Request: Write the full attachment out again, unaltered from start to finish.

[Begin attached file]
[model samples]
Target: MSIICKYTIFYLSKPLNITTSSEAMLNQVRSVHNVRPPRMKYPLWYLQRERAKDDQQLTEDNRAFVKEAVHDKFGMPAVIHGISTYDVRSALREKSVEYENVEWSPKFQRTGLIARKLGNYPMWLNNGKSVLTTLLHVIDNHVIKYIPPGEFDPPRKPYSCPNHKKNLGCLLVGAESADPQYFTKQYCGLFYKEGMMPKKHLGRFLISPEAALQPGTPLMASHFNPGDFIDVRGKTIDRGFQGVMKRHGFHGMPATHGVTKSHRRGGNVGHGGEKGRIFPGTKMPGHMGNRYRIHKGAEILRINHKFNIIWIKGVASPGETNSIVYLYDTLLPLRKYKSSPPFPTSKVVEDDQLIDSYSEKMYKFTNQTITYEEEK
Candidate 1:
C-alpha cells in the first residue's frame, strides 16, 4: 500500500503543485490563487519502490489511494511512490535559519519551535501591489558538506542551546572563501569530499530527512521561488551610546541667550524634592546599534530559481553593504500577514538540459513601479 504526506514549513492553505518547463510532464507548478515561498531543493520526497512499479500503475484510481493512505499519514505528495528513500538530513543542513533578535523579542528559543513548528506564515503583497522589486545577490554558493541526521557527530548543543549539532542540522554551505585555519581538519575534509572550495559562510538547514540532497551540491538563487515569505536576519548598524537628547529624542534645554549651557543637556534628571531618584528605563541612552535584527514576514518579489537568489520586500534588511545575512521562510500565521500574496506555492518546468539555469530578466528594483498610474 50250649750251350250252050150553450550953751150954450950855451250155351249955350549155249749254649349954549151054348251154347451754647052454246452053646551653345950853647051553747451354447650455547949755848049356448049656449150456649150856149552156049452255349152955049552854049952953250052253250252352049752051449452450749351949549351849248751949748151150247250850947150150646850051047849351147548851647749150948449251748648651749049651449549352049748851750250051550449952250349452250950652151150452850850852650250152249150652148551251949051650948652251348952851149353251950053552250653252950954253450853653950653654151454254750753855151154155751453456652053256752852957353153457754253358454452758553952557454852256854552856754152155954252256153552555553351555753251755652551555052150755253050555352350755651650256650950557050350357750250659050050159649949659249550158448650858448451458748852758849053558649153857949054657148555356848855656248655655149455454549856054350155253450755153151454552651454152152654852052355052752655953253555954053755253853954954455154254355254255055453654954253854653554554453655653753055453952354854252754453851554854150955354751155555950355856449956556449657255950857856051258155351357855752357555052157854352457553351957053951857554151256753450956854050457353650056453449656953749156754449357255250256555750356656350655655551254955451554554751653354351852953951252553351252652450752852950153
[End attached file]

[model samples]
Target: MSIICKYTIFYLSKPLNITTSSEAMLNQVRSVHNVRPPRMKYPLWYLQRERAKDDQQLTEDNRAFVKEAVHDKFGMPAVIHGISTYDVRSALREKSVEYENVEWSPKFQRTGLIARKLGNYPMWLNNGKSVLTTLLHVIDNHVIKYIPPGEFDPPRKPYSCPNHKKNLGCLLVGAESADPQYFTKQYCGLFYKEGMMPKKHLGRFLISPEAALQPGTPLMASHFNPGDFIDVRGKTIDRGFQGVMKRHGFHGMPATHGVTKSHRRGGNVGHGGEKGRIFPGTKMPGHMGNRYRIHKGAEILRINHKFNIIWIKGVASPGETNSIVYLYDTLLPLRKYKSSPPFPTSKVVEDDQLIDSYSEKMYKFTNQTITYEEEK
Candidate 1:
C-alpha cells in the first residue's frame, strides 16, 4: 500500500503543485490563487519502490489511494511512490535559519519551535501591489558538506542551546572563501569530499530527512521561488551610546541667550524634592546599534530559481553593504500577514538540459513601479 504526506514549513492553505518547463510532464507548478515561498531543493520526497512499479500503475484510481493512505499519514505528495528513500538530513543542513533578535523579542528559543513548528506564515503583497522589486545577490554558493541526521557527530548543543549539532542540522554551505585555519581538519575534509572550495559562510538547514540532497551540491538563487515569505536576519548598524537628547529624542534645554549651557543637556534628571531618584528605563541612552535584527514576514518579489537568489520586500534588511545575512521562510500565521500574496506555492518546468539555469530578466528594483498610474 50250649750251350250252050150553450550953751150954450950855451250155351249955350549155249749254649349954549151054348251154347451754647052454246452053646551653345950853647051553747451354447650455547949755848049356448049656449150456649150856149552156049452255349152955049552854049952953250052253250252352049752051449452450749351949549351849248751949748151150247250850947150150646850051047849351147548851647749150948449251748648651749049651449549352049748851750250051550449952250349452250950652151150452850850852650250152249150652148551251949051650948652251348952851149353251950053552250653252950954253450853653950653654151454254750753855151154155751453456652053256752852957353153457754253358454452758553952557454852256854552856754152155954252256153552555553351555753251755652551555052150755253050555352350755651650256650950557050350357750250659050050159649949659249550158448650858448451458748852758849053558649153857949054657148555356848855656248655655149455454549856054350155253450755153151454552651454152152654852052355052752655953253555954053755253853954954455154254355254255055453654954253854653554554453655653753055453952354854252754453851554854150955354751155555950355856449956556449657255950857856051258155351357855752357555052157854352457553351957053951857554151256753450956854050457353650056453449656953749156754449357255250256555750356656350655655551254955451554554751653354351852953951252553351252652450752852950153